Social security hearings are designed to be much less formal than hearings in court. Although this is an informal hearing, there are a couple of procedures that are necessary to follow. All witnesses are required to testify under oath, so each individual who testifies will be asked to raise his/her right hand and take an oath to tell the truth. It is important to remember that, when testifying, the witness cannot look to anyone, including the attorney, to help answer questions. If you don’t understand a question, you can ask that the question be explained or restated, but nobody can answer for you.
The judge will usually begin a disability hearing by discussing the history of your case and the issues that will need to be decided. The judge will then ask some general questions, such as your address, social security number, etc. Next, the judge will ask questions about any jobs you have performed over the past 15 years. This is done to determine whether you could return and do any of these jobs with your current impairments. Next, the judge will usually ask you why you believe you are unable to work. This is your opportunity to explain, in your own words, why you feel that you are unable to work a full time job. When that questioning is done, the judge will usually give your lawyer a chance to ask questions. Occasionally, if a claimant is well prepared to testify, the lawyer does not have to ask any questions at all.
Some judges may prefer to have the lawyer handle most of the questioning. If so, answer questions asked by your lawyer the same way you would answer them if a person you did not know were the one inquiring. Even though your lawyer knows all about your case already, it is important to keep in mind that the judge, who will decide your case, does not. Although the judge will have read your file before the hearing, when you are testifying it is best to assume that the judge knows nothing about your situation.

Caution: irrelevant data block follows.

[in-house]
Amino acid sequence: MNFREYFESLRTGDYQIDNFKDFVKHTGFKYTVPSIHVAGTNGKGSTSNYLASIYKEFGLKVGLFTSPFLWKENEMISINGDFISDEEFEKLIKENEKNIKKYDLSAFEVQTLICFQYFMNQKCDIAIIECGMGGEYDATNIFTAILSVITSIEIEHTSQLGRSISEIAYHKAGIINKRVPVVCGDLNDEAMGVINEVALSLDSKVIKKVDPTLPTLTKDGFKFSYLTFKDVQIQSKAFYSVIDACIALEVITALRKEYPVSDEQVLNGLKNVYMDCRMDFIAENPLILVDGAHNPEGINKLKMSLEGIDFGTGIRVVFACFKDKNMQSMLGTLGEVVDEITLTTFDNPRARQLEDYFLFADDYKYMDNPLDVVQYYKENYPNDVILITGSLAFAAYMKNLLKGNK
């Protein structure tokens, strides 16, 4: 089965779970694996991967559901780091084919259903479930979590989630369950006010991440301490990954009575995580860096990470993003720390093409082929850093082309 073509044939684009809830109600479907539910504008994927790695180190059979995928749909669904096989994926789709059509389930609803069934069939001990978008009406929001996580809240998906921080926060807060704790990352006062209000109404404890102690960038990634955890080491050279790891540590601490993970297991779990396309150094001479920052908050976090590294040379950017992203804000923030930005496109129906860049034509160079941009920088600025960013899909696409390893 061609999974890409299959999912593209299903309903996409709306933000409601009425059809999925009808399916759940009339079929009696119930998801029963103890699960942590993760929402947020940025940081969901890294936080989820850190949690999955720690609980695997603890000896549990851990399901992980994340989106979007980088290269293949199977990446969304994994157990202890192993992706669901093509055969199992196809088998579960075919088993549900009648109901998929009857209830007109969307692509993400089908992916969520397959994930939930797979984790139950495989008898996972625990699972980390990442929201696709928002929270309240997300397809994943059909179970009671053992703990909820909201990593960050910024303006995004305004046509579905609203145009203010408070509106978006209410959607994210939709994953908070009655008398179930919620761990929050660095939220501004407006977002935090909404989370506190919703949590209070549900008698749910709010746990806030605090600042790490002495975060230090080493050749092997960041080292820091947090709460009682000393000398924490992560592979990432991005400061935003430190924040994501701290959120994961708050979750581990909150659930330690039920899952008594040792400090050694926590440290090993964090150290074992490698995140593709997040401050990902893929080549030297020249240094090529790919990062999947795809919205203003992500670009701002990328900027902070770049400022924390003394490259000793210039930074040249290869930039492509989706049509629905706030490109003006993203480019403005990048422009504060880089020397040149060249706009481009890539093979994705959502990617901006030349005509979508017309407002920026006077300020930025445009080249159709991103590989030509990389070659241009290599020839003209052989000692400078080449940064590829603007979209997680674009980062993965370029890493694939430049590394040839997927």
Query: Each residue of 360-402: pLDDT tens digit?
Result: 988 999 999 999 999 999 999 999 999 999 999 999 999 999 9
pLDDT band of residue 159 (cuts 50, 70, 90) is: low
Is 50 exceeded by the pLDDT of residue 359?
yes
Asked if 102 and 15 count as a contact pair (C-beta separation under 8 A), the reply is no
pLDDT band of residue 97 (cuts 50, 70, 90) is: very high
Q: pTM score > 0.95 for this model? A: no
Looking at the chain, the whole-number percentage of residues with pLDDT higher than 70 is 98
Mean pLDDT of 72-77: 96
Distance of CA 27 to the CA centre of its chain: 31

When you are done testifying, your lawyer will be allowed to question any witnesses you wish to have testify at your hearing. It may be a good idea to bring a witness to your hearing. This witness may testify in support of what you say, give the judge details about your impairments and how they affect you, and/or offer a different perspective on your medical problems. After your witness’s testimony is complete, a doctor or vocational expert may be called by the judge to testify. The vocational expert will be available to answer any questions the judge may have regarding past work and what, if any, jobs an individual could do with your specific restrictions. The medical expert would be available to answer any questions the judge may have regarding your medical conditions.
At the end of the hearing some judges may ask you if you have anything more to say. It is best if you do not try to argue your case at this point — let your lawyer do that. Most judges will give a lawyer the opportunity to make a closing argument either at the end of the hearing, or to be submitted on a later date in writing.
Most judges will not tell you what the decision is at the time of the hearing. The judge will close the hearing and a decision will be issued in writing, which will be mailed to you with a copy to your lawyer. Sometimes it takes quite a while, (at least 4-6 weeks and sometimes longer), for the decision to come out, so it is important to be patient with this sometimes frustrating process.
Ron Fladhammer has over 20 years of experience representing individuals who have been denied Social Security Disability and Supplemental Security Income benefits. Our office hosts one of the only video hearing location sites in the state of Illinois, so there is no need to travel to any other location to have your hearing held. Our success rate is outstanding, and if your case is not approved, there are no attorney fees.